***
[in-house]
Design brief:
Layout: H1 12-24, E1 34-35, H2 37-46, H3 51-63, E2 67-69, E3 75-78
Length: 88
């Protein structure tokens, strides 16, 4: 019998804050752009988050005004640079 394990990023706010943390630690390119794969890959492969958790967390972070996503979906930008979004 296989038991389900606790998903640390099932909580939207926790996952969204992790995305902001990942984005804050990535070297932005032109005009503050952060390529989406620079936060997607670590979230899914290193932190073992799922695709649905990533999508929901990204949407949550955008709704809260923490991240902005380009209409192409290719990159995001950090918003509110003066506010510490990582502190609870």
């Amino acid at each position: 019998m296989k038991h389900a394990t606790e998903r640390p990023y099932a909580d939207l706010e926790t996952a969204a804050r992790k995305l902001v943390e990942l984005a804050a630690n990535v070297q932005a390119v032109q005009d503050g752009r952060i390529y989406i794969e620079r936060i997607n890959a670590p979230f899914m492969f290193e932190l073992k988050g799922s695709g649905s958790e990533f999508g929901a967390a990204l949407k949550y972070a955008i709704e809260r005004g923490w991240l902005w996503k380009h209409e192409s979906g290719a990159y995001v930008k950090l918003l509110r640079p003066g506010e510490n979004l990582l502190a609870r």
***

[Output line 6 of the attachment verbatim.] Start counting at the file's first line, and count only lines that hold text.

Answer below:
């Amino acid at each position: 019998m296989k038991h389900a394990t606790e998903r640390p990023y099932a909580d939207l706010e926790t996952a969204a804050r992790k995305l902001v943390e990942l984005a804050a630690n990535v070297q932005a390119v032109q005009d503050g752009r952060i390529y989406i794969e620079r936060i997607n890959a670590p979230f899914m492969f290193e932190l073992k988050g799922s695709g649905s958790e990533f999508g929901a967390a990204l949407k949550y972070a955008i709704e809260r005004g923490w991240l902005w996503k380009h209409e192409s979906g290719a990159y995001v930008k950090l918003l509110r640079p003066g506010e510490n979004l990582l502190a609870r």